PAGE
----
You’ve been trying hard to find a part-time job, and I’m sorry it hasn’t happened yet. You’re still at the beginning stage when you have to leave the ‘Experience’ section blank on applications, but it won’t be long before someone smart takes a chance on you and you’re launched.
I was 15 when I landed my first job at McDonald’s restaurant in Boulder. The uniforms at that time were blue polyester with matching pointed hats. Unfortunately, the only pants they had on hand were a size XXL. I had to secure the elastic with a large safety pin, which gave the pants a nice bunchy, balloony effect.
In all my working years I never had a more high stress, pressure-filled work situation than McDonald’s. I still wake up sometimes in a cold sweat hearing an angry customer shout, “I said NO PICKLES!”
Beginning jobs are a rite of passage. They often feel menial, but early jobs shape and prepare us in ways we can’t always fathom at the time. If you’re lucky, you’ll get to work at a wide variety of early occupations like I did. Here are some of the work experiences I hope you have.
7 Great Jobs to Have Early in Your Career
1. I hope you have the opportunity to work in a restaurant serving others. (Unfortunately, this may require wearing a themed uniform… and possibly, matching headwear.) For the rest of your days you’ll have compassion for restaurant employees, and you’ll be empathetic when your order is wrong or the service seems slow.
2. I hope you get to have a sales job—maybe peddling something intangible like memberships at a tanning salon. You’ll learn how to handle rejection, which is a very handy life skill. You’ll discover that it’s listening, not talking, that makes the sale. You’ll also have compassion for the eager man at the front of the grocery store who asks if you’d like to buy a newspaper subscription.
3. I hope you have the opportunity to work on an assembly line, as I did when I worked 10-hour shifts stapling fiberglass to foam cores at the Kryptonics skateboard factory. That experience will remind you of the hands that make the things you own. You’ll always appreciate the true, human cost of a manufactured item.
4. I hope you have a cleaning job, like emptying grease fryers at a chain seafood restaurant or scrubbing down bathrooms at a football stadium. Then you’ll know the satisfaction of making something look clean and shiny, along with the disappointing reality that everything clean gets dirty again. You’ll never take the garbage collector for granted, or overlook the quiet worker mopping the floor in the airport bathroom.
5. I hope you have a job where your work is critiqued—perhaps something like writing, graphic design or photographing toddlers for the mall portrait studio. Being able to accept constructive feedback will help you do better work. You’ll quickly learn to recognize unconstructive criticism, too.
6. I hope you have a job in customer service, like working in a cable company’s bill collections call center. Handling customer complaints all day will make you tough. Going forward you’ll know first-hand that customer support reps are people, too, and you’ll always treat them with respect.
7. I hope you have a job managing a group of people—maybe a position like assistant manager of an all-night Waffle House. Then you’ll understand the myriad challenges of being responsible for your team’s success while simultaneously meeting a company’s objectives. You’ll learn to reward the person with a great attitude, which is a highly valuable trait in any employee. You’ll develop a deeper appreciation for the truly great bosses and leaders.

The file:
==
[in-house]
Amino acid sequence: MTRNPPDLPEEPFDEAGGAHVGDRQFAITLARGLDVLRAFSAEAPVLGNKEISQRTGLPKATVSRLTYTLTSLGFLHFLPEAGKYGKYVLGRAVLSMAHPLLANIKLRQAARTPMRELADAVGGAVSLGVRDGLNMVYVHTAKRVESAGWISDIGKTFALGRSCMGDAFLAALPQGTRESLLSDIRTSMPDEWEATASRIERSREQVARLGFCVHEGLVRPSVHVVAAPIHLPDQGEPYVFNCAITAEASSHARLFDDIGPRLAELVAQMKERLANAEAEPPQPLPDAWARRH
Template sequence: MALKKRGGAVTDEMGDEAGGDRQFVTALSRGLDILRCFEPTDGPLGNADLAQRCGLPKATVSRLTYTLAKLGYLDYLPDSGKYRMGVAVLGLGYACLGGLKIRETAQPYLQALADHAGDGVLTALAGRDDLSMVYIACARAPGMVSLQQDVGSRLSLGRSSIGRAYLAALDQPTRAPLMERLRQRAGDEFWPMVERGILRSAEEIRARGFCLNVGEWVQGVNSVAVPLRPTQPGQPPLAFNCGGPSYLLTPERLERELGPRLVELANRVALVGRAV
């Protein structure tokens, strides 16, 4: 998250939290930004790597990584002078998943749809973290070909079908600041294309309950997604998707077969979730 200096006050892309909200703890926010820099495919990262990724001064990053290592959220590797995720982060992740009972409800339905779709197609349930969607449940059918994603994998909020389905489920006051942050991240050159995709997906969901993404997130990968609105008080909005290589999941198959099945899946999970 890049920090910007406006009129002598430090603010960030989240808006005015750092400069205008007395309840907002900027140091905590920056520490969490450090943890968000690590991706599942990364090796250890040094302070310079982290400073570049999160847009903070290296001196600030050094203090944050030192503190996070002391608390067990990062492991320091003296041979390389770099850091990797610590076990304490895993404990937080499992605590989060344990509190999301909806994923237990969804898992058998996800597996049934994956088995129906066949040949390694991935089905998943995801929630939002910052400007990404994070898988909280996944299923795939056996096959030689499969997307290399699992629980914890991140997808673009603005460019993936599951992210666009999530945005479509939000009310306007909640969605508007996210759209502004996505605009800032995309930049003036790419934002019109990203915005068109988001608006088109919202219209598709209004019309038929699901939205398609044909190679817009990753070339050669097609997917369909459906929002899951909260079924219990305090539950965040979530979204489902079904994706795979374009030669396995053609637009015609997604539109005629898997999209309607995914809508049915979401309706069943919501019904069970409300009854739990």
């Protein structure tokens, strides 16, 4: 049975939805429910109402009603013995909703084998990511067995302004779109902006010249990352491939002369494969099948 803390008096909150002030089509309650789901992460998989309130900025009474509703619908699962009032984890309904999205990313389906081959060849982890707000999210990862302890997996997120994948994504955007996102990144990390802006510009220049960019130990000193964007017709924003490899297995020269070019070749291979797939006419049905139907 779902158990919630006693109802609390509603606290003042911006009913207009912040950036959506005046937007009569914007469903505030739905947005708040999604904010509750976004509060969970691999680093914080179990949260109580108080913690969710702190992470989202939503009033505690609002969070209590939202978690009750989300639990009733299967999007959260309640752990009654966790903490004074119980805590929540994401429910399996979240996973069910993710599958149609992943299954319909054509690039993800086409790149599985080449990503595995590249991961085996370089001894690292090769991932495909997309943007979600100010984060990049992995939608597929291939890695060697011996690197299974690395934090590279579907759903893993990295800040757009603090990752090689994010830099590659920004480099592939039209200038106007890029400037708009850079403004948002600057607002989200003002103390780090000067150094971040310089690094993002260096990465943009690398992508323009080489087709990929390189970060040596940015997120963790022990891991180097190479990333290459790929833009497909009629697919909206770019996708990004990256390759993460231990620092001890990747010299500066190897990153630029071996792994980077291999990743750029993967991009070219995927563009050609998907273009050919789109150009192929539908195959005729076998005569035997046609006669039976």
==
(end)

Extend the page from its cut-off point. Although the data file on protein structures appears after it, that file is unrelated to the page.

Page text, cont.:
Yesterday you put in another application, and I’m proud of your perseverance. When the door opens, I know you’ll approach your first job with dedication and hard work. And who knows? Facing the inevitable challenges and overcoming the obstacles might be the very experiences that lead you to do great things and make the world a better place.
I can’t wait to see where you land.
How About You?
What was your first job? What was the toughest work you ever did? Did you learn any lessons early in your career path that continue to influence you today?
I’d love to hear your stories and thoughts, either as a comment on this post or at mail @ elizacross . com.
P.S. You might enjoy this fascinating true story from 1965, “When the U.S. Government Tried to Replace Migrant Farm Workers with High School Students.”
10 thoughts on “7 Jobs I Hope You Have – A Letter to My Teenage Son”
A flood of memories, some bad, some funny, but the struggle was certainly real. I watered lawns, mowed grass and shovelled snow starting at age 10. Learned about exploitation as a paperboy, and a concessionaire at CU football games. I saw my first Grateful Dead concert vending Coca-Cola at the tender age of 13. That was an eye opener. Vacuumed apartments age 11. babysat, collected pop bottles, and aluminum… sold my first art work at fifteen, it was a still life I’d made in school. Pencil on newsprint. Recently the owner told me it hangs proudly in their living room even after all these years… sold a painting at 16. I delivered auto parts, worked at Burger King, made fruit pies for Kwik Lunch, ha ha, even brushed the ants off before I put them in the fryer. I pumped gas for Bud Cox on the corner of Folsom and Pine in Boulder. We put beer in the pop machine, and ate all the Lions cashews out of the nut machines. used a gas cap key, ask you Ma about locking gas caps… Worked as a school janitor, at 16. Later I worked at Kmart and I’ve forgotten some. I got fired from Thompson Respiration products, I was an assembler of artificial respirators… went home in tears, took a shower, changed cloths, made a call, and was a prep cook at Goldini’s 45 minutes later… I worked in the process plant at Watts-Hardy Dairy, when it was a dairy. I was a security guard, and framed houses on Shanahan Ridge… that year too. Don’t be discouraged Michael, you really don’t want a job, you just need some money… working is a means to that goal… work is fun with the proper attitude. Keep your eye on your goals… Ask around church for a job, and be a willing worker, it will get you a good reputation if nothing else. You will find work as soon as you look in the right spot. Don’t be timid.